"Focused Dialog" about Glenwood/Carrboro Elementary programs

Just got the following somewhat cryptic press release from the CHCCSS. As usualy I had to download an open a Word doucment and get more than halfway through it before I could even figure out what the topic is ("Enrollment Levels at Glenwood Elementary School").To learn more about this issue, see the recent Indy story: Redistricting Rankling Carrboro Parents.

I can theoretically understand the value of this type of  meeting, but it's hard not to feel like the schools would prefer that most of us are seen and not heard.


Focused Dialogue

6:00 p.m. - Monday, December 2 - East Chapel Hill High


Chapel Hill, NC - The goals, vision, and strategies of the Chapel Hill-Carrboro City Schools (CHCCS) long range plan are rooted in a set of guiding principles. These guiding principles were crafted after significant input from staff, parents, community, and students. One of those principles reads "We believe in a culture that promotes collaboration, civility, mutual trust, and community partnerships."

In support of that belief, the administration of the CHCCS will be initiating focused dialogues in an effort to engage parents in meaningful conversations on important issues that impact our schools. Furthermore, it is our intent to provide parent representatives with accurate information about current initiatives. The PTA Council offered a number of suggestions regarding the make-up of these dialogue groups.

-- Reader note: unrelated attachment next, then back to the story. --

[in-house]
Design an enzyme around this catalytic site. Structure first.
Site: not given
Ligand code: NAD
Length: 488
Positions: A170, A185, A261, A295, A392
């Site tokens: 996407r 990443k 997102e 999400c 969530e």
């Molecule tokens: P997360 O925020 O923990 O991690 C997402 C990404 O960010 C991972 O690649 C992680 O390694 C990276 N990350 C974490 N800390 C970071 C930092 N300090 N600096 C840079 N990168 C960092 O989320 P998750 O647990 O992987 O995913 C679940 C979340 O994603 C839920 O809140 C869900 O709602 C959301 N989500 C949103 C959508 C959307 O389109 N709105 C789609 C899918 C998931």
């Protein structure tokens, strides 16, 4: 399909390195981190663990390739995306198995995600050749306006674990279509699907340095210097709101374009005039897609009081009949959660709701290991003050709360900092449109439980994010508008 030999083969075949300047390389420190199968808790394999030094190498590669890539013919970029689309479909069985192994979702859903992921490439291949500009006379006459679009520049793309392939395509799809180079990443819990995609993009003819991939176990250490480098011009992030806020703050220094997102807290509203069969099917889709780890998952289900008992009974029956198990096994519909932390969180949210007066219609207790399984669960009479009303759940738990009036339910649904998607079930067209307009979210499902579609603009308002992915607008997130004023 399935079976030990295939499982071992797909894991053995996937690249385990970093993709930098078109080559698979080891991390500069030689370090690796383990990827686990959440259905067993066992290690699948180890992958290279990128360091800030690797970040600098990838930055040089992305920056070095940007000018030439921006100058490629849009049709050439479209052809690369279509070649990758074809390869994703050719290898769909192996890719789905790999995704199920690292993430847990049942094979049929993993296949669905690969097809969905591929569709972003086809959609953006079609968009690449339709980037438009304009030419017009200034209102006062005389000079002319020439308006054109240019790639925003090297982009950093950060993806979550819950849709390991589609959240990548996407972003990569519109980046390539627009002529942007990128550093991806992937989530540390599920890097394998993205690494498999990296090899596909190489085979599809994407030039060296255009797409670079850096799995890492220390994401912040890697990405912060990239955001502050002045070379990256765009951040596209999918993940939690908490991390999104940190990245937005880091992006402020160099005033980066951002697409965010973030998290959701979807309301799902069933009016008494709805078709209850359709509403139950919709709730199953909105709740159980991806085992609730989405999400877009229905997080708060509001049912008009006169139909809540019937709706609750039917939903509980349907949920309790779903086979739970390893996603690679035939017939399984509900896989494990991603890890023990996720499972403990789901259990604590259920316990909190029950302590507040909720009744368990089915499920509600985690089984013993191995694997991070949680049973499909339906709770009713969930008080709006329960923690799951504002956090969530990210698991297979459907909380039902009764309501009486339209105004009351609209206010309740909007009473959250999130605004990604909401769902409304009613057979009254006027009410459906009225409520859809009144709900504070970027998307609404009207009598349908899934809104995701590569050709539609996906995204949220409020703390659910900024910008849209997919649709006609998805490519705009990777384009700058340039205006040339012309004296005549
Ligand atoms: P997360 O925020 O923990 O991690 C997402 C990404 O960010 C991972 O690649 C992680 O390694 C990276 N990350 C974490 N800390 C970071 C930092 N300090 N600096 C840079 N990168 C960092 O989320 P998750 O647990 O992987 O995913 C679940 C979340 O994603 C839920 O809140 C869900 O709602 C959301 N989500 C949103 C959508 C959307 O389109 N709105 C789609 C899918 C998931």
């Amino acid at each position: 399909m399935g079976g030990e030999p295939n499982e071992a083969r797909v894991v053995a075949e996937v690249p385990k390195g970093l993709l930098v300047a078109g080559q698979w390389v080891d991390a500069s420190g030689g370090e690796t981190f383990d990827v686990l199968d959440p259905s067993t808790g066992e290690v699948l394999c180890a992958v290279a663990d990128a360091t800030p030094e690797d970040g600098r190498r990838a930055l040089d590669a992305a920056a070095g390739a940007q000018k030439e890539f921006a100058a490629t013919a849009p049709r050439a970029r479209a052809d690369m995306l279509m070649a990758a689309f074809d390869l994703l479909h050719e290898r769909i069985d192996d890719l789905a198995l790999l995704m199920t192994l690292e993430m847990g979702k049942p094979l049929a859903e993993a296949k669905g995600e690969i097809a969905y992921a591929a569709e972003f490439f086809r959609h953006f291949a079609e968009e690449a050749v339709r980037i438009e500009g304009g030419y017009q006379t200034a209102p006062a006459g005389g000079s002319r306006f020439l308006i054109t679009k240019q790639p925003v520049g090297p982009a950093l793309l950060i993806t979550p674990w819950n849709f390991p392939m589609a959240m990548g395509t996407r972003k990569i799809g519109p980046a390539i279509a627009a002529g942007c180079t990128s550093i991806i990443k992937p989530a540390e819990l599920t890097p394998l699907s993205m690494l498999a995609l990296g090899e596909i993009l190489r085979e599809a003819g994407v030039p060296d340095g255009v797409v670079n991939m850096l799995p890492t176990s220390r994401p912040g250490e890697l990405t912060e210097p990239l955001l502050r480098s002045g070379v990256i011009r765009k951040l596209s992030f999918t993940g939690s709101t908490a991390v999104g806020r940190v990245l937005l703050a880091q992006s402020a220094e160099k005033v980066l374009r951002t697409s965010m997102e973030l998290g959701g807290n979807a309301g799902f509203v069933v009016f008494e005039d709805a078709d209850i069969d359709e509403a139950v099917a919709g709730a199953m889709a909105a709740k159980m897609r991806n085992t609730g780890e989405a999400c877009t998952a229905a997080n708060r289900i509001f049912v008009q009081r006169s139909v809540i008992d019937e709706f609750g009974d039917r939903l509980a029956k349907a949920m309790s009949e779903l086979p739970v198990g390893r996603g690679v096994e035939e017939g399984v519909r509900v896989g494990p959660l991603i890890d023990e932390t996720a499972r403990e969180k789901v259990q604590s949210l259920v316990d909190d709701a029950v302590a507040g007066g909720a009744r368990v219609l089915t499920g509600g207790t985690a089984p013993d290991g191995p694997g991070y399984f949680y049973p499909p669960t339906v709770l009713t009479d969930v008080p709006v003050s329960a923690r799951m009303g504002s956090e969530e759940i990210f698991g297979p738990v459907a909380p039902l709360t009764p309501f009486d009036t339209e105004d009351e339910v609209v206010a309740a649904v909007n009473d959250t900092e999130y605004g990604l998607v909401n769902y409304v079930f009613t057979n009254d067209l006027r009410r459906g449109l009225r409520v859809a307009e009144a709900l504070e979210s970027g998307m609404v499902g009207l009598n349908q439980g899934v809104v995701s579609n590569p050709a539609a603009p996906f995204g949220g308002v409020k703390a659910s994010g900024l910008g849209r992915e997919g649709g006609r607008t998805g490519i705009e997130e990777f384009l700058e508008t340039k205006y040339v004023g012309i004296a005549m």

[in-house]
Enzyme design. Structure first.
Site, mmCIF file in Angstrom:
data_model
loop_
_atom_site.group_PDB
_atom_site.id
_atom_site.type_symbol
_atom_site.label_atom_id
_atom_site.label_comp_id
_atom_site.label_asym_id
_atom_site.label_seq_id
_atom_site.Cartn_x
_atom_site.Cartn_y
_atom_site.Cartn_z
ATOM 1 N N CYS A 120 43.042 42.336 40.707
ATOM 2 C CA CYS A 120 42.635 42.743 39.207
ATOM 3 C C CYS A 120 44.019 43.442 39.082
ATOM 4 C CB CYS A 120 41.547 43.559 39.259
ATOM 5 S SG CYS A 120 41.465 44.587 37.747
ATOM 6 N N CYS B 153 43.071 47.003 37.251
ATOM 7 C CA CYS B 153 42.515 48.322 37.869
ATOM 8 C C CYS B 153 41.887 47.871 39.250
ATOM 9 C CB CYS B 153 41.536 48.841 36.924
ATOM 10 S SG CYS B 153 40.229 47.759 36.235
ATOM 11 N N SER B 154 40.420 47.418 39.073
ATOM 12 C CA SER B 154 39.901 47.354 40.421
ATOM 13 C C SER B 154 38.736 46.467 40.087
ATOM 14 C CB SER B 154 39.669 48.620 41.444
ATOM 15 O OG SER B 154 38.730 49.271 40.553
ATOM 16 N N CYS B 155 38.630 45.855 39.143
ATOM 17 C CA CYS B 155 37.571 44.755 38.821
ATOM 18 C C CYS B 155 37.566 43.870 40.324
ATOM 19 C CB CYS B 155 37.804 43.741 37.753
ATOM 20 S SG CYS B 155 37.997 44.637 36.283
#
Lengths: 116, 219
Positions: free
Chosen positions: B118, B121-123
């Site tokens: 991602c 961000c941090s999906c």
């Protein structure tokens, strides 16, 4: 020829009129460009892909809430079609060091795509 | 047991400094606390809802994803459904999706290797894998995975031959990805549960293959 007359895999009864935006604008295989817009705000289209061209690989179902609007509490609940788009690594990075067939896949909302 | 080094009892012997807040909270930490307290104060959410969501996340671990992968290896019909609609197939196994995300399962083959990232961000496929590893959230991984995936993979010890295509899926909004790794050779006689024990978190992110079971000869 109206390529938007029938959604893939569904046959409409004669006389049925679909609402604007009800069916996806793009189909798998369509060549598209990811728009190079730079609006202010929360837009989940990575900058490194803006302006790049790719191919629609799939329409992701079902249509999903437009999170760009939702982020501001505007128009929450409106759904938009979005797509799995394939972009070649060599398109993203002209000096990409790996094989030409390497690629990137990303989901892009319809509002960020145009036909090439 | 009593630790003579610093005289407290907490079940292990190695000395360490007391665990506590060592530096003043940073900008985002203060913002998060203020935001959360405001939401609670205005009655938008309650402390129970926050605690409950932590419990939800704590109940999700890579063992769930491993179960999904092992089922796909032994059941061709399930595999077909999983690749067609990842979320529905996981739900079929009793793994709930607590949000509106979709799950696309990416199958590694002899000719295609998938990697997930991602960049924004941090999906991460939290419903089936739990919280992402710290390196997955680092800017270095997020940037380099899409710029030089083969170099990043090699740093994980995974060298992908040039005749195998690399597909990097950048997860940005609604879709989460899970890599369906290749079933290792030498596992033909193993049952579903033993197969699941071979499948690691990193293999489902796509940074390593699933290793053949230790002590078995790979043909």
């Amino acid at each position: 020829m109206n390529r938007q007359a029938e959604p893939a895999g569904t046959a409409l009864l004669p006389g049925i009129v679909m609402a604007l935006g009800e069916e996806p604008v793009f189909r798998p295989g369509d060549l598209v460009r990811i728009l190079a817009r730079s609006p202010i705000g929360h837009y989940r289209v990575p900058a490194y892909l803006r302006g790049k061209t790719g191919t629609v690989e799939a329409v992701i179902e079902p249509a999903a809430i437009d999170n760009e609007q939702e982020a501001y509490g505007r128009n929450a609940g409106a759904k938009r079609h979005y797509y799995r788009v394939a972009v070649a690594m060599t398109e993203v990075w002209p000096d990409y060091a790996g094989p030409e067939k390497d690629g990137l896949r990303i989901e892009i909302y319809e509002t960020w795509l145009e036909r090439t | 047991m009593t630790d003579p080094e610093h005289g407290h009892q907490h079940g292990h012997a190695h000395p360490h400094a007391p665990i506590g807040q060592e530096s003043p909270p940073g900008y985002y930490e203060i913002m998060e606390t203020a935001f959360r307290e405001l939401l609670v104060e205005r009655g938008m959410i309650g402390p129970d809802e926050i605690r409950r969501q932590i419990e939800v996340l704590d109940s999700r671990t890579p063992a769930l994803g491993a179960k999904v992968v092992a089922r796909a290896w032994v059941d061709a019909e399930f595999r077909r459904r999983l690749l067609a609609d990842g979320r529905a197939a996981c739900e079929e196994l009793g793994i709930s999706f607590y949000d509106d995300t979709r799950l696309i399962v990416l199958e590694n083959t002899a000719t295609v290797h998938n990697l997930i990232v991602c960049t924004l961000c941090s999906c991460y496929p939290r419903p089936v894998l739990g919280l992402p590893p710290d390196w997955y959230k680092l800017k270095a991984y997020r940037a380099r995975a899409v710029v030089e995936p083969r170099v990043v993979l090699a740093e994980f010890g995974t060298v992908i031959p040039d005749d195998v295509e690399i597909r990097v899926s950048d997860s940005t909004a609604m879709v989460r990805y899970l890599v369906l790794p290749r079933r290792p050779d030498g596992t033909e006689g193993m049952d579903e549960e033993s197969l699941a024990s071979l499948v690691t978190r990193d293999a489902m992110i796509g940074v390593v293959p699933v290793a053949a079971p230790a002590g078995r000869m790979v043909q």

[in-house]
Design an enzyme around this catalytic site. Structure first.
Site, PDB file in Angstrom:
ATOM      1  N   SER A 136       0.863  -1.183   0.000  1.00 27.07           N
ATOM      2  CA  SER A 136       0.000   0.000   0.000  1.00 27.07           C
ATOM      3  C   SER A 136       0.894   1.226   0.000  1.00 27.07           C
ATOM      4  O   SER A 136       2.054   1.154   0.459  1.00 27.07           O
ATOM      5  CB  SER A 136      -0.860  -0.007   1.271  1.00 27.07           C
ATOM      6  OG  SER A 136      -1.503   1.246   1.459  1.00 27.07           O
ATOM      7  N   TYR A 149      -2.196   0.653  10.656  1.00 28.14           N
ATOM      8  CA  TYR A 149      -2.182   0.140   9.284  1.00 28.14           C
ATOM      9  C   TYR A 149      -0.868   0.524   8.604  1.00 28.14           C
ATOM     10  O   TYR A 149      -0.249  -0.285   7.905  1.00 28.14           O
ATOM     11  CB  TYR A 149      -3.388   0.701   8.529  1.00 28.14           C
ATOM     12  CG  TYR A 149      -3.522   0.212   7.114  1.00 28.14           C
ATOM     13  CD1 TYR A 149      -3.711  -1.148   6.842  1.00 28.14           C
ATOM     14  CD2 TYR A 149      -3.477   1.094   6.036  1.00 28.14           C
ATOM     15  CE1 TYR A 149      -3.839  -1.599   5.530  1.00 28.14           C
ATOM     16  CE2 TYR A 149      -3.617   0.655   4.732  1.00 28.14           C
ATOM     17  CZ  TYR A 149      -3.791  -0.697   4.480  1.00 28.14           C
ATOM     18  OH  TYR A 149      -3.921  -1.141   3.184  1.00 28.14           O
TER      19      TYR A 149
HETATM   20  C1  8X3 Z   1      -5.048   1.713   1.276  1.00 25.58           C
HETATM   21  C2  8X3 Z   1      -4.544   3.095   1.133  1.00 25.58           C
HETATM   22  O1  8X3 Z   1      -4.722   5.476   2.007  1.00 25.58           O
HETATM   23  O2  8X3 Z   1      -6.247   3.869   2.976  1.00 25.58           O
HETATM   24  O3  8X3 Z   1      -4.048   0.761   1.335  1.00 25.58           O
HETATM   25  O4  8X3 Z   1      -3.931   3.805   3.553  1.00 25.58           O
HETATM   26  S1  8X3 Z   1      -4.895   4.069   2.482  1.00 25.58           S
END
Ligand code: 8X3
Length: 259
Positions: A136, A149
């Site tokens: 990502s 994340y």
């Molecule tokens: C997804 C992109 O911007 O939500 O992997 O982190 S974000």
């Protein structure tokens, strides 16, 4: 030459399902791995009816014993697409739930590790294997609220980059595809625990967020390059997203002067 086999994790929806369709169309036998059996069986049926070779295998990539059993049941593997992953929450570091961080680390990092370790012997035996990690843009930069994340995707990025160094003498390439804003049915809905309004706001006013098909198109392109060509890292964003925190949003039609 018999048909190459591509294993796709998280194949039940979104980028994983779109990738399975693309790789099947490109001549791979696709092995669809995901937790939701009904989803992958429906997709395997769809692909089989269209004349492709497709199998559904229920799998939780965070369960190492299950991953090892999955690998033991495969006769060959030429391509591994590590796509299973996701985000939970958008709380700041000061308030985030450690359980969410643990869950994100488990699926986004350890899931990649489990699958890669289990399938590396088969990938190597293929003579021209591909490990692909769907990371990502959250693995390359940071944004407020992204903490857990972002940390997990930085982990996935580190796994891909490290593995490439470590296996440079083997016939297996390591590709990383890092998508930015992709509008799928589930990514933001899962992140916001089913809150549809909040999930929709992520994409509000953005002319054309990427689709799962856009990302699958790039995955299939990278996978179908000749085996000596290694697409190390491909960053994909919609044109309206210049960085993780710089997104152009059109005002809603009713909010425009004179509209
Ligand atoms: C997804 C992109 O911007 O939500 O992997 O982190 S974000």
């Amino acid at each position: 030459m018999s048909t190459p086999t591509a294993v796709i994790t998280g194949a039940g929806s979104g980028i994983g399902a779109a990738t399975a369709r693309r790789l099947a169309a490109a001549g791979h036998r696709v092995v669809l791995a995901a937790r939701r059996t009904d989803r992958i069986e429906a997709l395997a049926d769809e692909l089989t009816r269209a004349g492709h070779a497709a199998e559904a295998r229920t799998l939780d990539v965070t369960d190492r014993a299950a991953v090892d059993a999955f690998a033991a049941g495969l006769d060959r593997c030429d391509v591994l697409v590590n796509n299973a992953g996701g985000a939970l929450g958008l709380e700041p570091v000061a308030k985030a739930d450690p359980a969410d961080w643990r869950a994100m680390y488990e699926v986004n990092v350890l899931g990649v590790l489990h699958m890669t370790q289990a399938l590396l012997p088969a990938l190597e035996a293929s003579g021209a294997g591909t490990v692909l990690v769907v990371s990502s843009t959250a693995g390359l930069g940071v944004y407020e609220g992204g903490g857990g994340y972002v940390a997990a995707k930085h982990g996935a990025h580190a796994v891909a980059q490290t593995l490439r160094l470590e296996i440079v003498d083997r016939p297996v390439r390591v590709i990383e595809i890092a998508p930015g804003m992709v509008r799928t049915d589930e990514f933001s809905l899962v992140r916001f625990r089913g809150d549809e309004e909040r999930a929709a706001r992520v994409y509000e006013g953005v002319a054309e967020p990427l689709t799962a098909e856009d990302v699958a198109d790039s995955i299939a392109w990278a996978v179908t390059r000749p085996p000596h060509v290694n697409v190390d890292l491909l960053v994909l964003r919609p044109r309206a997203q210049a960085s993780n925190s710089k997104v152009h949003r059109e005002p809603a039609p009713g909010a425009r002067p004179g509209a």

In order to maintain a workable group, it has been suggested that for an elementary school issue, for example, no more than four individuals from each school will be selected. At least one representative should come from the School Improvement Team and one from the PTA. Depending on the issue, a faculty representative may also be included. Other parent representatives would be selected from the general school community. All parents and community members are welcome to attend as there will be an opportunity for those who are not at the discussion tables to share input electronically.

"The focused dialogue model has been used in other school districts with tremendous success," said Superintendent Tom Forcella. "Parents and community members have an opportunity to discuss issues in greater depth and collaborate on recommendations."

A pilot focused parent dialogue will be conducted on the topic, "Enrollment Levels at Glenwood Elementary School." All elementary schools are asked to participate as potential solutions could ultimately impact some or all elementary schools. The event is set for 6:00 p.m. on December 2, 2013, in the East Chapel Hill High Commons.